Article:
Friday, November 23, 2012

Karachi gets a taste of Korean culture

The Korean Consulate hosted a food festival on Thursday to celebrate 30 years of Pak-Korea relations. This choir sang both English and Korean songs
KARACHI: The Korean Consulate played host to a slew of diplomats, expatriates and Karachi’ites craving kimchi on Thursday night at a food festival held at the DHA Golf Club.
Consul-general In-Ki Lee said the event was part of a series planned to “celebrate the 30th anniversary of Pakistan-Korea diplomatic ties”, which falls next year. He told The Express Tribune that the festival was only the first step.”Since diplomatic ties were established in 1983, relations have expanded to all areas – economics, politics – except cultural areas.”

The security situation is to blame for the lack of cultural exchange, he said, adding that they are hoping to invite groups from Korea to perform in Karachi soon.

Korea’s Ambassador to Pakistan, Choong-joo Choi, spoke briefly. “I am glad to be back in this vibrant city of Karachi. I always feel reinvigorated and refreshed when I come here,” he said. “I always joke with my colleagues that I work in Islamabad, which is very quiet, like a monastery.”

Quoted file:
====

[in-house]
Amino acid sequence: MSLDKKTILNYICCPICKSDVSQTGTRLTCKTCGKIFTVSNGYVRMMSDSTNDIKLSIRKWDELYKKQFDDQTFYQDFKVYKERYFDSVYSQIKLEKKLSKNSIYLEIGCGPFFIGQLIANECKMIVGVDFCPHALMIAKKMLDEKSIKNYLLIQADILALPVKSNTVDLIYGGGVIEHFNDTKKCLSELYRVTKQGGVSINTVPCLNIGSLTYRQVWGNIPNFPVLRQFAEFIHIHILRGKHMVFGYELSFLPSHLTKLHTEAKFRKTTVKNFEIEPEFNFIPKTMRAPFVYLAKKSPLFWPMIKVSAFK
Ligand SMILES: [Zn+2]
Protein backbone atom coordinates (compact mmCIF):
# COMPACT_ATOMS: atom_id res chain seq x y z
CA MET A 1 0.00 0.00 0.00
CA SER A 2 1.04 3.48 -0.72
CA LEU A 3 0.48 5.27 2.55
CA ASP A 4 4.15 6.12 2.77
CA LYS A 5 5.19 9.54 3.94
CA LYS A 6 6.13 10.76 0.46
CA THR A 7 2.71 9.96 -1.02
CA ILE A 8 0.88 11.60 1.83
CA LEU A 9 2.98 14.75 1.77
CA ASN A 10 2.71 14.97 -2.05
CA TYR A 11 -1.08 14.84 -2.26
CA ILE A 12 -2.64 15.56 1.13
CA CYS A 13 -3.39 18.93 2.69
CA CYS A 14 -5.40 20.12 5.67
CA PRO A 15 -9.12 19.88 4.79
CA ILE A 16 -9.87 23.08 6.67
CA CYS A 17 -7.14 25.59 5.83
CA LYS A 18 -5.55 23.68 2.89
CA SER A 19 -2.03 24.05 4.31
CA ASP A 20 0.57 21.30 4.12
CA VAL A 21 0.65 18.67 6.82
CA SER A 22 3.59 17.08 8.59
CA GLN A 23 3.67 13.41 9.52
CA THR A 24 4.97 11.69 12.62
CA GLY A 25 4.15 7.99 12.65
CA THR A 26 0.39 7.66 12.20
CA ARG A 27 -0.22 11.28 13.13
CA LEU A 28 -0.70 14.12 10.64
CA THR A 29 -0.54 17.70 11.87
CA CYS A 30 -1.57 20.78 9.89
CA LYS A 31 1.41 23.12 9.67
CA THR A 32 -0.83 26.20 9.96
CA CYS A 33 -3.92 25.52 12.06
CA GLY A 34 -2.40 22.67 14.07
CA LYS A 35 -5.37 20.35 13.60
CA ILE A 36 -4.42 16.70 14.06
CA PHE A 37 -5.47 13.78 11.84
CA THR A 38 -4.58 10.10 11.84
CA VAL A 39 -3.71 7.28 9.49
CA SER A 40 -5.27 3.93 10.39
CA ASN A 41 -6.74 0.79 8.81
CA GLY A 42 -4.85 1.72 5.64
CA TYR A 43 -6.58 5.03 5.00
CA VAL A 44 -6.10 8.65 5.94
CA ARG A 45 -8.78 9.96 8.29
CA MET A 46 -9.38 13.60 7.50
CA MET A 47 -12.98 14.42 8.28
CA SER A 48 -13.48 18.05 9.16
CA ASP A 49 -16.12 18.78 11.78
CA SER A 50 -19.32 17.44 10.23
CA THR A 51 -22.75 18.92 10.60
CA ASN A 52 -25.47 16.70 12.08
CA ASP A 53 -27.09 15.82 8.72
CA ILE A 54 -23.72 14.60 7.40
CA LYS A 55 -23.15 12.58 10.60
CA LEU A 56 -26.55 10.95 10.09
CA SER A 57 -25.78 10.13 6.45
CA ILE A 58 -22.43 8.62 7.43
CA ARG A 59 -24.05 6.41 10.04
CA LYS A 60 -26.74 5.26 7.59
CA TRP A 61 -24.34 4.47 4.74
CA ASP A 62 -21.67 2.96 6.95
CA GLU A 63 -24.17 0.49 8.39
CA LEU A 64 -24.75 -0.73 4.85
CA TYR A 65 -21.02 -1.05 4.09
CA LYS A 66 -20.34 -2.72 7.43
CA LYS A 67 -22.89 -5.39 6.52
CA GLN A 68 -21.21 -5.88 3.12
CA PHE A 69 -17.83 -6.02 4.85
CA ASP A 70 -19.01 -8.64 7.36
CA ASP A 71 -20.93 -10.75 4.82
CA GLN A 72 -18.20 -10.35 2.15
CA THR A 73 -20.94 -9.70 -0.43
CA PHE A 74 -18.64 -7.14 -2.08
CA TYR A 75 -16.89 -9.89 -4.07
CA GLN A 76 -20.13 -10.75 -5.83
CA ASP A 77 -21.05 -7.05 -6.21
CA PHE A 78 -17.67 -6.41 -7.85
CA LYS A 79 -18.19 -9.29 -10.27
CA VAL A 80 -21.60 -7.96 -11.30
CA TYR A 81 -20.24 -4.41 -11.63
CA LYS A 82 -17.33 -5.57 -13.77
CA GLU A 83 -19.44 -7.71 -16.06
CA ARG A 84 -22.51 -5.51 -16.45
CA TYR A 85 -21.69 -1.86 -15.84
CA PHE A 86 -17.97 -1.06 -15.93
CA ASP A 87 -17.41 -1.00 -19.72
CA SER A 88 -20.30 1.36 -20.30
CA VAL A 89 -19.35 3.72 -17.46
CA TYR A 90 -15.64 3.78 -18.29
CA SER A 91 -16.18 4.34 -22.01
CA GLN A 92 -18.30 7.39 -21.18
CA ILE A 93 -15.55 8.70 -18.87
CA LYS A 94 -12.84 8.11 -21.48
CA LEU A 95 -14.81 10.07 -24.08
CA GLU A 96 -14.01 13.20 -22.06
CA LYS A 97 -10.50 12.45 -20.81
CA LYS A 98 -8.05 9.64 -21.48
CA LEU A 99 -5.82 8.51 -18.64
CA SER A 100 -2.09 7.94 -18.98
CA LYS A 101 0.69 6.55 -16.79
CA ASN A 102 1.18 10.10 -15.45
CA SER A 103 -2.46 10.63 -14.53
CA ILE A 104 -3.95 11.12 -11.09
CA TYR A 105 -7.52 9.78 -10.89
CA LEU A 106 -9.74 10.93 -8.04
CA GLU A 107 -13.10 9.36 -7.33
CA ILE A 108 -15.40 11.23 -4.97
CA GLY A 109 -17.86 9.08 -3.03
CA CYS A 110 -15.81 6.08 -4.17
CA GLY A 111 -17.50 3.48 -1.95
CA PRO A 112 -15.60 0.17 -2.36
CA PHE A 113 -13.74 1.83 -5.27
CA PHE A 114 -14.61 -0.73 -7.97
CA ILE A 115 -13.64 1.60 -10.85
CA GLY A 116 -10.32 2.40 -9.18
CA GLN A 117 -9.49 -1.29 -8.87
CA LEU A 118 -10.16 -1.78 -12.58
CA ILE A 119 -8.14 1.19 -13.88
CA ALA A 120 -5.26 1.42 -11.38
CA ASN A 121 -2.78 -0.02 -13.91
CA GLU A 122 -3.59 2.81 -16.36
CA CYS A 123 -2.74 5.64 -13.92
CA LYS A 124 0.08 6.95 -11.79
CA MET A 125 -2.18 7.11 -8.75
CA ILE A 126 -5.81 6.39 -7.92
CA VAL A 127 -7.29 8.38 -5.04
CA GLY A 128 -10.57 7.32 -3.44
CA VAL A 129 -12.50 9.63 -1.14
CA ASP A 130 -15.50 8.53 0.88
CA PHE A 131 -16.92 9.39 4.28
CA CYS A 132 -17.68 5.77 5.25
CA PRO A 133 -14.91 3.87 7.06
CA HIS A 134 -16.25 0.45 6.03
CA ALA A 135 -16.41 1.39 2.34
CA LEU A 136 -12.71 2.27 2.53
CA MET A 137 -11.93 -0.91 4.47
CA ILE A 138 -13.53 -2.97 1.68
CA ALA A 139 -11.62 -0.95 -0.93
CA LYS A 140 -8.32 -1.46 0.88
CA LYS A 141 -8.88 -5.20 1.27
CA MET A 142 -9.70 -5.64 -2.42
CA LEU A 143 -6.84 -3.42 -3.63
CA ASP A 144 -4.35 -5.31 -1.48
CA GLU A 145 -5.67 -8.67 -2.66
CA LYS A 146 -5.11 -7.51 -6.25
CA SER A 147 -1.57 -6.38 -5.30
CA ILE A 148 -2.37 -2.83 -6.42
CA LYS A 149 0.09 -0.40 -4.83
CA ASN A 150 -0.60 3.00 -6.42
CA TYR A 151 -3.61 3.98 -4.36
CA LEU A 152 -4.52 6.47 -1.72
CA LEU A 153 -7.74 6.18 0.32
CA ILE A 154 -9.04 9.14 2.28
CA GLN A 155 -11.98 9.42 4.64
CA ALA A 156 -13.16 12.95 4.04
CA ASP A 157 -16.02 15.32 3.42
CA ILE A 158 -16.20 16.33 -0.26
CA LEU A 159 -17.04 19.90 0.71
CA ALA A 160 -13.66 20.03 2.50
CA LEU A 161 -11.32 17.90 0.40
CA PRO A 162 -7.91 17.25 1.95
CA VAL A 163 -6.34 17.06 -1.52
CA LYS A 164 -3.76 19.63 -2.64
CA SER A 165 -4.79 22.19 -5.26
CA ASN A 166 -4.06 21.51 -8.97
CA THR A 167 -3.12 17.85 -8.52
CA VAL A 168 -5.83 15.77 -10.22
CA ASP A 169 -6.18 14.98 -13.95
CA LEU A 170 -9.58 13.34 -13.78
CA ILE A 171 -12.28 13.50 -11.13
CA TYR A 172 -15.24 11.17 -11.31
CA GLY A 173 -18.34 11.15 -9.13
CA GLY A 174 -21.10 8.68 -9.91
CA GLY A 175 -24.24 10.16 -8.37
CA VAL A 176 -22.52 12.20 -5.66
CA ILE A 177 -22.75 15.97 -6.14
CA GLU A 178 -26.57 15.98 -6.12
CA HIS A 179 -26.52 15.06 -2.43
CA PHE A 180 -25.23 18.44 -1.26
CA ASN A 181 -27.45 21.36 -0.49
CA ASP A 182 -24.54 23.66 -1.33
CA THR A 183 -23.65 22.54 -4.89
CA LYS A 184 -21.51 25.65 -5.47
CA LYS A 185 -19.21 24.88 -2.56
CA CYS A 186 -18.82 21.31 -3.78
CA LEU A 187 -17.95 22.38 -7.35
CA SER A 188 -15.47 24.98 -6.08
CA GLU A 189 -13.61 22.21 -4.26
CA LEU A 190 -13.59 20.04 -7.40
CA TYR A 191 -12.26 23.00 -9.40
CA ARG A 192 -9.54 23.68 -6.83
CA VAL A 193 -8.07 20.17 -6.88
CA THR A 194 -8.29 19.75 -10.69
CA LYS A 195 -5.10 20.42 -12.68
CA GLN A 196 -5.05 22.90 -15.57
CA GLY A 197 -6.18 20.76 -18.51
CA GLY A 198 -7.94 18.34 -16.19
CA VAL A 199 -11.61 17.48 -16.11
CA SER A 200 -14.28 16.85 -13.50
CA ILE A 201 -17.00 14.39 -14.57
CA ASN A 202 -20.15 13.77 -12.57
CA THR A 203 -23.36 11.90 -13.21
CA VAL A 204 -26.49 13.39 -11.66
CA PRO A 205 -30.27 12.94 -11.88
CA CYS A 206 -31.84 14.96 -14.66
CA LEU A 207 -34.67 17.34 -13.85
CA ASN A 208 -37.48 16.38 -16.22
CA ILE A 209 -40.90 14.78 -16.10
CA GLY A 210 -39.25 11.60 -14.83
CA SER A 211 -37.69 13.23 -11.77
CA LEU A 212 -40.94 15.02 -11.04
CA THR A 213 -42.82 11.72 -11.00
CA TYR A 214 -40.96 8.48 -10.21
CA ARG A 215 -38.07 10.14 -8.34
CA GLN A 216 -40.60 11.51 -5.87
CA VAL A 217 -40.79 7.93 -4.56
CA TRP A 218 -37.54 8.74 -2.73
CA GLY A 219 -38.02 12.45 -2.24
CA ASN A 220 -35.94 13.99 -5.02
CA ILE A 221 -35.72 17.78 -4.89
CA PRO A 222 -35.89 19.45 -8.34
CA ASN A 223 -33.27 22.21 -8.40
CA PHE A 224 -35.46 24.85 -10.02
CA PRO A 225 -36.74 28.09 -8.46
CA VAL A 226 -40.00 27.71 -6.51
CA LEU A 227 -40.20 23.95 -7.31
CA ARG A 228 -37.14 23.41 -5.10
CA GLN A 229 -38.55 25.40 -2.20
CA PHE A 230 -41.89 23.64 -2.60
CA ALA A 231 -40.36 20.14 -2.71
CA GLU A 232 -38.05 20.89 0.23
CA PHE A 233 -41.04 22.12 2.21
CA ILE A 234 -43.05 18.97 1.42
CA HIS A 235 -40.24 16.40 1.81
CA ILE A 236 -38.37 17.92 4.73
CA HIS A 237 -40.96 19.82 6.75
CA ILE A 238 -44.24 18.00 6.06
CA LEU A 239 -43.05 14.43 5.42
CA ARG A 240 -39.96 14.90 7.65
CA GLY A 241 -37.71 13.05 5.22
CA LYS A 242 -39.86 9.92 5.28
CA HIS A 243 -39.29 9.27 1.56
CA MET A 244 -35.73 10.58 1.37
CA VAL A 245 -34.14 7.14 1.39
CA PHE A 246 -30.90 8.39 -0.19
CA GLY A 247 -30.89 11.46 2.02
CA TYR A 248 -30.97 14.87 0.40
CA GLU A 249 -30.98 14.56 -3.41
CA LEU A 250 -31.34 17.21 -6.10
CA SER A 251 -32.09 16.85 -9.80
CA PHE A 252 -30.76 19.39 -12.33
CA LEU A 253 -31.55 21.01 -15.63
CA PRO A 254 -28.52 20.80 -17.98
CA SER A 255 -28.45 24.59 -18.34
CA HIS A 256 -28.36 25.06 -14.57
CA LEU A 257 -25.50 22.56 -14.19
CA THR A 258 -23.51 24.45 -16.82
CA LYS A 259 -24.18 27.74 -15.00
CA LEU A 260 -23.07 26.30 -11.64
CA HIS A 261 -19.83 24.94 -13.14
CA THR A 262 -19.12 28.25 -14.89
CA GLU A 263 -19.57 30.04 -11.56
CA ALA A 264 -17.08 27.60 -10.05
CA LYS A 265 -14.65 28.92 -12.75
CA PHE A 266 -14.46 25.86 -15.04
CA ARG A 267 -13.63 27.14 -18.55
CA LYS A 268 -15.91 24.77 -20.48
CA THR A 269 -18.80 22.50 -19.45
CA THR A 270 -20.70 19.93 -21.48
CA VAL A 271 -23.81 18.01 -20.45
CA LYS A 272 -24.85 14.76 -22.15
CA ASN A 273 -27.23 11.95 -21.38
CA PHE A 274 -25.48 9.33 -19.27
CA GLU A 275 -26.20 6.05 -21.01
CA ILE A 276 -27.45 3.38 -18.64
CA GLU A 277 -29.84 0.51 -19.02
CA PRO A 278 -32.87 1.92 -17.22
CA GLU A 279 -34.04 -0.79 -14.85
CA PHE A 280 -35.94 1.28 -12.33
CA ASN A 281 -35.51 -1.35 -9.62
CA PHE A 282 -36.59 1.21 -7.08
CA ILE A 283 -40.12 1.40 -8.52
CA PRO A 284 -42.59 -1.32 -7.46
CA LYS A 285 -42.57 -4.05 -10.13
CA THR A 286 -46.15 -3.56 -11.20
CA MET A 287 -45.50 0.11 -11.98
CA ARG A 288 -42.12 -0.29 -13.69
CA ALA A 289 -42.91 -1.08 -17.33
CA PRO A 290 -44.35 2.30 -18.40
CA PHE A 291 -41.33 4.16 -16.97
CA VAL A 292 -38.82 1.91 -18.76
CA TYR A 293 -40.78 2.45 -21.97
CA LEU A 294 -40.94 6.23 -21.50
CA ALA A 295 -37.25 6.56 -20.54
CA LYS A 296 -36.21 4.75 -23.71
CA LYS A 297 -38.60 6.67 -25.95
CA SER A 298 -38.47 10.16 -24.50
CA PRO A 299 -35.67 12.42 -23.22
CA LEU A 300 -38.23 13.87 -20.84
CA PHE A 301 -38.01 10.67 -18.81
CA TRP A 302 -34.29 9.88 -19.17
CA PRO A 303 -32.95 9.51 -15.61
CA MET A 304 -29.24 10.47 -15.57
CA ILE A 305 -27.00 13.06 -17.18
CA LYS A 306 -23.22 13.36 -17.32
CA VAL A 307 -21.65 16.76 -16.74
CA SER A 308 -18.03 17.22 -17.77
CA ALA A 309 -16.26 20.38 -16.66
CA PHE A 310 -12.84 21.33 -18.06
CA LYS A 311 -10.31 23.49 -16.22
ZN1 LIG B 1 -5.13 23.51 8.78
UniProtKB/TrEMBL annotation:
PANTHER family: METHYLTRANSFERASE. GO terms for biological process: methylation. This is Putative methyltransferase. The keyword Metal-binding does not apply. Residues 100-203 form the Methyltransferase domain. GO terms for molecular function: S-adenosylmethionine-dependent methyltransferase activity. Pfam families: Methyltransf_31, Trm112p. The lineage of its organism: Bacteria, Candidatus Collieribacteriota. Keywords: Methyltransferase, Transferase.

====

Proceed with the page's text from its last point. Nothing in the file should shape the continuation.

The guests – including the German consul-general Dr Tilo Klinner and representatives from the Russian, British and Malaysian consulates  – mingled as an elaborately dressed choir sang Korean songs and old pop songs, such as Abba’s “I Have a Dream.” Members of the chorus had practiced twice a week for the past three months. The hit song “Gangnam Style” by Korean artist Psy also blared from the speakers.

The ambassador said that Korean culture had been gaining popularity worldwide over the past year. With one language institute open in Islamabad at National University of Modern Languages, he hoped similar institutes in other cities could be opened and the “Korean wave would not be an exception in a very important part of the world.”

The ambassador said he had experienced the rich Pakistani culture in the past two years and now it was his turn to reciprocate the favour.

Two Korean chefs – Sang-chul Han and Moo-sub Kim – were to credit for the food. “It is made with a lot of care and love… It is all homemade,” announced the emcee.

Three women, who would only mention that they were from an ‘international school’ said they were looking forward to eating kimchi and grass noodles, and perhaps “having a look at how the food is made.”

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